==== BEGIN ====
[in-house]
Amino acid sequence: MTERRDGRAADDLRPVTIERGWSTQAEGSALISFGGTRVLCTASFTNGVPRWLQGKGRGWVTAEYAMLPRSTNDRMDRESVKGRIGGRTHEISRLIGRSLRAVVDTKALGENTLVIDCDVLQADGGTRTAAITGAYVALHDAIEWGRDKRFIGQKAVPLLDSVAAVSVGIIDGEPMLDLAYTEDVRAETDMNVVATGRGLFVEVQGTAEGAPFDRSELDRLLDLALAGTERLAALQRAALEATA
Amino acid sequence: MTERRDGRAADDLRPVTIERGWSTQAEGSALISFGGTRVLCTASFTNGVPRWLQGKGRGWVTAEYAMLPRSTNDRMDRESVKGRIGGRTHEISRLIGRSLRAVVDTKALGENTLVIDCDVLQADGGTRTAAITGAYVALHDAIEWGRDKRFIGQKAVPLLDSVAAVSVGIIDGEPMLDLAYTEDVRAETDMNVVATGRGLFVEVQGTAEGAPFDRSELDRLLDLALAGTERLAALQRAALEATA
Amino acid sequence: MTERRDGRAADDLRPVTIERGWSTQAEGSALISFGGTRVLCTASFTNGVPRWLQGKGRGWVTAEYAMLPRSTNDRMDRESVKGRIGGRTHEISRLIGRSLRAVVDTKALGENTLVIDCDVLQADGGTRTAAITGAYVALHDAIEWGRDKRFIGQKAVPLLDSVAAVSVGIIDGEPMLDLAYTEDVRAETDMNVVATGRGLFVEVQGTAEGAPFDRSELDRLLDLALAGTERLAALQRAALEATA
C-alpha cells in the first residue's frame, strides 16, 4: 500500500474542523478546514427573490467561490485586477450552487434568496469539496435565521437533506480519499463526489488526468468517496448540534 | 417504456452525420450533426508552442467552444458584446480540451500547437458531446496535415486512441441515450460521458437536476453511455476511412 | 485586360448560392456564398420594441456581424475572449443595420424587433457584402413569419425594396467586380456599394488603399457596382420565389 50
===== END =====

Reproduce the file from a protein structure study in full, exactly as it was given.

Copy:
[in-house]
Amino acid sequence: MTERRDGRAADDLRPVTIERGWSTQAEGSALISFGGTRVLCTASFTNGVPRWLQGKGRGWVTAEYAMLPRSTNDRMDRESVKGRIGGRTHEISRLIGRSLRAVVDTKALGENTLVIDCDVLQADGGTRTAAITGAYVALHDAIEWGRDKRFIGQKAVPLLDSVAAVSVGIIDGEPMLDLAYTEDVRAETDMNVVATGRGLFVEVQGTAEGAPFDRSELDRLLDLALAGTERLAALQRAALEATA
Amino acid sequence: MTERRDGRAADDLRPVTIERGWSTQAEGSALISFGGTRVLCTASFTNGVPRWLQGKGRGWVTAEYAMLPRSTNDRMDRESVKGRIGGRTHEISRLIGRSLRAVVDTKALGENTLVIDCDVLQADGGTRTAAITGAYVALHDAIEWGRDKRFIGQKAVPLLDSVAAVSVGIIDGEPMLDLAYTEDVRAETDMNVVATGRGLFVEVQGTAEGAPFDRSELDRLLDLALAGTERLAALQRAALEATA
Amino acid sequence: MTERRDGRAADDLRPVTIERGWSTQAEGSALISFGGTRVLCTASFTNGVPRWLQGKGRGWVTAEYAMLPRSTNDRMDRESVKGRIGGRTHEISRLIGRSLRAVVDTKALGENTLVIDCDVLQADGGTRTAAITGAYVALHDAIEWGRDKRFIGQKAVPLLDSVAAVSVGIIDGEPMLDLAYTEDVRAETDMNVVATGRGLFVEVQGTAEGAPFDRSELDRLLDLALAGTERLAALQRAALEATA
C-alpha cells in the first residue's frame, strides 16, 4: 500500500474542523478546514427573490467561490485586477450552487434568496469539496435565521437533506480519499463526489488526468468517496448540534 | 417504456452525420450533426508552442467552444458584446480540451500547437458531446496535415486512441441515450460521458437536476453511455476511412 | 485586360448560392456564398420594441456581424475572449443595420424587433457584402413569419425594396467586380456599394488603399457596382420565389 50